The Woodcutter by Reginald Hill
My rating: 4 of 5 stars
I love Reginald Hill's mysteries - be they Dalziel/Pascoe or Joe Sixsmith. This is less mystery and more psychodrama a la Count of Monte Cristo, and just as good as the mysteries.
Wilfred "Wolf" Hadda (isn't that a great Scottish name?) is the son of a woodcutter who's married the daughter of the manor (ok, it's really a castle). There are a few mysteries in Wolf's life, such as what happened during his five year absence. Sounds a little like Heathcliff, doesn't he? And Imogene, the fair maiden in question, has her Cathy-esque moments, too. They marry, have a beautiful daughter named Virginia, and then it all falls apart when Wolf is accused first of paedophilia and then of financial fraud. Flash forward to him in prison, where he somehow decides that cooperating with his psychologist will get him out of jail early... and thus the revenge drama starts.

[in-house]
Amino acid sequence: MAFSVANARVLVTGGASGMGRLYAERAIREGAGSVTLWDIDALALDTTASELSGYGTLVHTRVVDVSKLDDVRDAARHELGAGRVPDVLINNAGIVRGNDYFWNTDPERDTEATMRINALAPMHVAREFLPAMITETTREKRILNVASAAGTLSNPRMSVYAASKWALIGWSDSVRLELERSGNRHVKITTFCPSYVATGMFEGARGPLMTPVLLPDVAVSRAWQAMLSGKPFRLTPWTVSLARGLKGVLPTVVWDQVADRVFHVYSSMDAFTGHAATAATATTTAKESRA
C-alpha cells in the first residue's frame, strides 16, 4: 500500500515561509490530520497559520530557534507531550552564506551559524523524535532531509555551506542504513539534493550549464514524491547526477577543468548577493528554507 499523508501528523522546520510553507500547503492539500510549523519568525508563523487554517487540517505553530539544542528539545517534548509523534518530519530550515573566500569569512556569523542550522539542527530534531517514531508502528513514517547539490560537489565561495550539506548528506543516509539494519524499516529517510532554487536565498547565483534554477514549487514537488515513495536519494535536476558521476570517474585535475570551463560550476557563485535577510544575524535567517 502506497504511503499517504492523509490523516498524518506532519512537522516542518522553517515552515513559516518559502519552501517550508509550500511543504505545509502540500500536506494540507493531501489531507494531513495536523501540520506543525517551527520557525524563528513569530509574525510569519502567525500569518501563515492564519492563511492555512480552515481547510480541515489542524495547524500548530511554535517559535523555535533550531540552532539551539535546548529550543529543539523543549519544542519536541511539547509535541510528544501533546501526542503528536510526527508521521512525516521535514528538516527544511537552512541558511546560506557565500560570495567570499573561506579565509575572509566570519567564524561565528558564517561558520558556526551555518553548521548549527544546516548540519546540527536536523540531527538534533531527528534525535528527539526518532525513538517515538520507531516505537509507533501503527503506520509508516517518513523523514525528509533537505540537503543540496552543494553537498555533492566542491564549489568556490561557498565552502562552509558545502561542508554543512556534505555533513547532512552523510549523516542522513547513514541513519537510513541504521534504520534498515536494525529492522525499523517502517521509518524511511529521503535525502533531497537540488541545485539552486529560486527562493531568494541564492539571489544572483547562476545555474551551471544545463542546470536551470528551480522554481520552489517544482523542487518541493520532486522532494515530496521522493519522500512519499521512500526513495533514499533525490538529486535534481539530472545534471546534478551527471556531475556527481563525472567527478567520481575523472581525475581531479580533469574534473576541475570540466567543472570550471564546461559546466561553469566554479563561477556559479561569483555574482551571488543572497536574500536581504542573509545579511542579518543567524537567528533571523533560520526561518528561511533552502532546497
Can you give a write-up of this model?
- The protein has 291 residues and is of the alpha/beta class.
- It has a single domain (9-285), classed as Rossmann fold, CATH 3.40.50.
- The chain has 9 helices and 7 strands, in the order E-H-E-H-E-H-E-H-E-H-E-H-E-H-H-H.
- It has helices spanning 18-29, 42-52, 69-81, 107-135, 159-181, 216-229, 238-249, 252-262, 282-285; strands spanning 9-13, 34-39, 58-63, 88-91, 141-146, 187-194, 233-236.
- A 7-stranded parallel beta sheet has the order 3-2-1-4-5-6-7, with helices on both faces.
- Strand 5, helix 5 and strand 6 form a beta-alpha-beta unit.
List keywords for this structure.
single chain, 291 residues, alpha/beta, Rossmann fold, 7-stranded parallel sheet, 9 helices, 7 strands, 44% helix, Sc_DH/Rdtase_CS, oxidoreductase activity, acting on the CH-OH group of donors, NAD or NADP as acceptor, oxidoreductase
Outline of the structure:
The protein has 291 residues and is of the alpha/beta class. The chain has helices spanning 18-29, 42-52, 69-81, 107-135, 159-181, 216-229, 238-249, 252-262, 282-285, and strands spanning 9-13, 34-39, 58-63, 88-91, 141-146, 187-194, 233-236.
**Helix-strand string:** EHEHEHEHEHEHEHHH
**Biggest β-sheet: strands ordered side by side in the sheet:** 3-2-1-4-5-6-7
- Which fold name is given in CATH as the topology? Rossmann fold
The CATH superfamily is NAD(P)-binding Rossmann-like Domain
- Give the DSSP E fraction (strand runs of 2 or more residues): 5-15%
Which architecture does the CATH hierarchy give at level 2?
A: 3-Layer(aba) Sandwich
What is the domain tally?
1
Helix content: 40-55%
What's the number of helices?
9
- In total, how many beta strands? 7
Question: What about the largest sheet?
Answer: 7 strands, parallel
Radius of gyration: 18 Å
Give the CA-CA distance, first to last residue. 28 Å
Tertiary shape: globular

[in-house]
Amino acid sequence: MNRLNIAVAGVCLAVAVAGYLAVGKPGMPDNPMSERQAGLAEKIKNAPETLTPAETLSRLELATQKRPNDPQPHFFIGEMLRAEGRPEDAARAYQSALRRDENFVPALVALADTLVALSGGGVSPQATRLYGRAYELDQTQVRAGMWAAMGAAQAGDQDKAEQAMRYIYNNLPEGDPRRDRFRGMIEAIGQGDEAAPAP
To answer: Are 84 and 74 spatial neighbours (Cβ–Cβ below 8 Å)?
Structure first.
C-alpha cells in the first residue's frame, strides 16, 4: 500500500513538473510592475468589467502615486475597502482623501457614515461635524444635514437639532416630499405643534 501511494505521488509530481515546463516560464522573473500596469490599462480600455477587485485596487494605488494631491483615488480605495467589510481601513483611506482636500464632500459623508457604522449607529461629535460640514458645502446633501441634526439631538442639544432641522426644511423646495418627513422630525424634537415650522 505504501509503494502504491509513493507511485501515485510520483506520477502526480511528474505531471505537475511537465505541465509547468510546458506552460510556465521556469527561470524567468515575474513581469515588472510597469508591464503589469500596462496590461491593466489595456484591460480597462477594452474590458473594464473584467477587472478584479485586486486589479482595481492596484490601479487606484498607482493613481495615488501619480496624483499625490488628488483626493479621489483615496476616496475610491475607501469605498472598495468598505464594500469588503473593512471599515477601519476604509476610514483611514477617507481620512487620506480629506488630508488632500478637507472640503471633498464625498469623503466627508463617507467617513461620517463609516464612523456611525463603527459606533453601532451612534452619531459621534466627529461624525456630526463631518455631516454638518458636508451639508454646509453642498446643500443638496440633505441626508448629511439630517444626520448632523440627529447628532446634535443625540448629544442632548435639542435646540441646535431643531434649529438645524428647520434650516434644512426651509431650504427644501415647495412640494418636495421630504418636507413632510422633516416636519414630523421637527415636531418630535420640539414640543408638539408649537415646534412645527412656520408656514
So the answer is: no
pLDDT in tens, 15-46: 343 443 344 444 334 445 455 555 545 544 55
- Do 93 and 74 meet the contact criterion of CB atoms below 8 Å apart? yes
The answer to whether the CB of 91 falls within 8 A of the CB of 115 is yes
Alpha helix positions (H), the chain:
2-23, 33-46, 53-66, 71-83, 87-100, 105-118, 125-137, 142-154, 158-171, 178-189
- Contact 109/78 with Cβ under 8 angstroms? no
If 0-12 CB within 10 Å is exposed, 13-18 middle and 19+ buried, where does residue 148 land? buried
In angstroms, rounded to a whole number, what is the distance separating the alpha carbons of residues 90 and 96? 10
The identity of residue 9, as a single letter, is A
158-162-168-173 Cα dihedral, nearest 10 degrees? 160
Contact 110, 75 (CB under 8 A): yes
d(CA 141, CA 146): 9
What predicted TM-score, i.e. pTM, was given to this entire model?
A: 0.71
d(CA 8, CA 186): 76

Wolf is often described as a very likeable man, one people like despite his background, his alleged crimes, etc.. And Hill has made him likeable, more so that virtually any other character in the book. Everyone else seems to have motives wrapped in plots and tied with deception - with two exceptions. Elf (aka Alva), his prison psychologist, and Sir Leon, Lord of the Castle, aren't as likeable, but they're reasonably honest in their motivations. The revenge Wolf exacts does, of course, go slightly awry, but that's to be expected.
Readers of Hill's works and those who prefer Dumas or Barbara Vine will enjoy meeting The Woodcutter.